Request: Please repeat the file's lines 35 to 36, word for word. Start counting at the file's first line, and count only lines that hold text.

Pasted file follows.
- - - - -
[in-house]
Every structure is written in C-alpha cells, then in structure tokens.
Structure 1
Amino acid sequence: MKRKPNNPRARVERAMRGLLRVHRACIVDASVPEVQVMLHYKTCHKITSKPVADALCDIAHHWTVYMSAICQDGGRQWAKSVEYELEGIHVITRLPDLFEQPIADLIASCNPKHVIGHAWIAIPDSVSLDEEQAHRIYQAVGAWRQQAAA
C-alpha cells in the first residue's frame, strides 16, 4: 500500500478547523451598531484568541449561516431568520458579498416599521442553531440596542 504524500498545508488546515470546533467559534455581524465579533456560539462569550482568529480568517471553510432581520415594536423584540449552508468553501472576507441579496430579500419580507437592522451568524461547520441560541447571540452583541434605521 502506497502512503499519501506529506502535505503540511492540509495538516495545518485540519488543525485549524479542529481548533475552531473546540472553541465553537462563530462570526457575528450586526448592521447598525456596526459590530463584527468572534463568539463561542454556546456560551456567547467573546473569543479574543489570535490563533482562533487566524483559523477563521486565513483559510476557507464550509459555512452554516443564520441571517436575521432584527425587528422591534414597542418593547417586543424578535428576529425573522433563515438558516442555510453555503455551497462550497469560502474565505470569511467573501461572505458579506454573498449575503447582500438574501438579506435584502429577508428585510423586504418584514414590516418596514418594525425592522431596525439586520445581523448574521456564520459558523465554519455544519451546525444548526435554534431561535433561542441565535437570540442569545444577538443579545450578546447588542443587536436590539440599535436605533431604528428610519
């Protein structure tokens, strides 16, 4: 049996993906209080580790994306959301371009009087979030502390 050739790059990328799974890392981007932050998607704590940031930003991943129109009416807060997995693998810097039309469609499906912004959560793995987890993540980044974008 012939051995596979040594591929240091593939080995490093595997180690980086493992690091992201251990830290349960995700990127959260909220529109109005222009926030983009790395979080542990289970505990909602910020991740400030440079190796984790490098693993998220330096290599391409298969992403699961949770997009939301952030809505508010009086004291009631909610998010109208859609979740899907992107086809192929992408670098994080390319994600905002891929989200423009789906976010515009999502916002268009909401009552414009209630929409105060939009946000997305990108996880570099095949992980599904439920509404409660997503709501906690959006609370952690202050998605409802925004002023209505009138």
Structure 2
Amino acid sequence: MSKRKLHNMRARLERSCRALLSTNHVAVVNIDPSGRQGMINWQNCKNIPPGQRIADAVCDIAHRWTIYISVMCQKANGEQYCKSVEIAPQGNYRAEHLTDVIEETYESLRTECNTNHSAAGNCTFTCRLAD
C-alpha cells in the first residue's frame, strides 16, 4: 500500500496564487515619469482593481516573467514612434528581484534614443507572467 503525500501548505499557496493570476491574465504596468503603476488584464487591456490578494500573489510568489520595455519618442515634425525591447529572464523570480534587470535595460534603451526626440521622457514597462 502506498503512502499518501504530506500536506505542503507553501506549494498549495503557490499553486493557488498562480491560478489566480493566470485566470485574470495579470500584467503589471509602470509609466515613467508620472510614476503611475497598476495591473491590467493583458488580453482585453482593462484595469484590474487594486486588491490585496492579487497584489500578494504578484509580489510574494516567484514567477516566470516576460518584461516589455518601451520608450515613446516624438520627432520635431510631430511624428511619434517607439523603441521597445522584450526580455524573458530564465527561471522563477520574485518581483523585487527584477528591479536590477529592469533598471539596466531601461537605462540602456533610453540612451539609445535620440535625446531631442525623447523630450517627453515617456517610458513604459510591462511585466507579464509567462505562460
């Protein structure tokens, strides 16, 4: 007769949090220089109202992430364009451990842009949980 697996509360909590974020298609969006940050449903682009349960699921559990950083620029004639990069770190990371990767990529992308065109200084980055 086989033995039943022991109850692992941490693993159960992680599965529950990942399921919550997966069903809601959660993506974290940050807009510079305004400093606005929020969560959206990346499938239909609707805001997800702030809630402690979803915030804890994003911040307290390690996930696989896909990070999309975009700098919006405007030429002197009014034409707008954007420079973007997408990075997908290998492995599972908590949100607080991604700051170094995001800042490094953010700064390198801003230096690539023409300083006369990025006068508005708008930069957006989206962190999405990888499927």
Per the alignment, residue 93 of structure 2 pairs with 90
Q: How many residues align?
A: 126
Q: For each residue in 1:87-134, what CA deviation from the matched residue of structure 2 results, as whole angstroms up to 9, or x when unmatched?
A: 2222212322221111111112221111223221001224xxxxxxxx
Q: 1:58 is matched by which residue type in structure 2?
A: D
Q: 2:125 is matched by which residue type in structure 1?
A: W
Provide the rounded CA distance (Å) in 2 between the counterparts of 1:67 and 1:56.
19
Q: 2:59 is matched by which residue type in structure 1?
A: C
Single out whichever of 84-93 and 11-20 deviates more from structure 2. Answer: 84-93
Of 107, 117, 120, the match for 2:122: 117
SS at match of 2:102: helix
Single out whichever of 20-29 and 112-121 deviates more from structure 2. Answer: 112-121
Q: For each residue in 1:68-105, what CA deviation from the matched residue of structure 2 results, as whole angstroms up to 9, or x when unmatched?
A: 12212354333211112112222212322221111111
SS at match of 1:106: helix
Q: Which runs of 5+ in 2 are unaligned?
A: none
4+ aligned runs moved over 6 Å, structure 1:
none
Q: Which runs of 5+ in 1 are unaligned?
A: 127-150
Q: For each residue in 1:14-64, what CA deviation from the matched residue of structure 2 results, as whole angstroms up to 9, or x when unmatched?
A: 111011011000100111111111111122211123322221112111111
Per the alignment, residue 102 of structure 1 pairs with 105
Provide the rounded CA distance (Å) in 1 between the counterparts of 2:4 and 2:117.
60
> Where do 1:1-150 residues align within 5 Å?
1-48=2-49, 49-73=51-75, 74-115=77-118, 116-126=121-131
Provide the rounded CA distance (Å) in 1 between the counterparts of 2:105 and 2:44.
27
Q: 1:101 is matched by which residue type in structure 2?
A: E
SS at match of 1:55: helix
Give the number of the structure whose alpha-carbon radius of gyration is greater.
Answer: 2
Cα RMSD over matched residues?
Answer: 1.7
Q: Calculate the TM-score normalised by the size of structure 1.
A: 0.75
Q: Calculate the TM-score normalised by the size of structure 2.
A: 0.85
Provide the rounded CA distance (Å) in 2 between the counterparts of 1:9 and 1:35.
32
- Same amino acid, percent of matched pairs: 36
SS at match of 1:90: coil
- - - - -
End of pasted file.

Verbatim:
Q: Which runs of 5+ in 1 are unaligned?
A: 127-150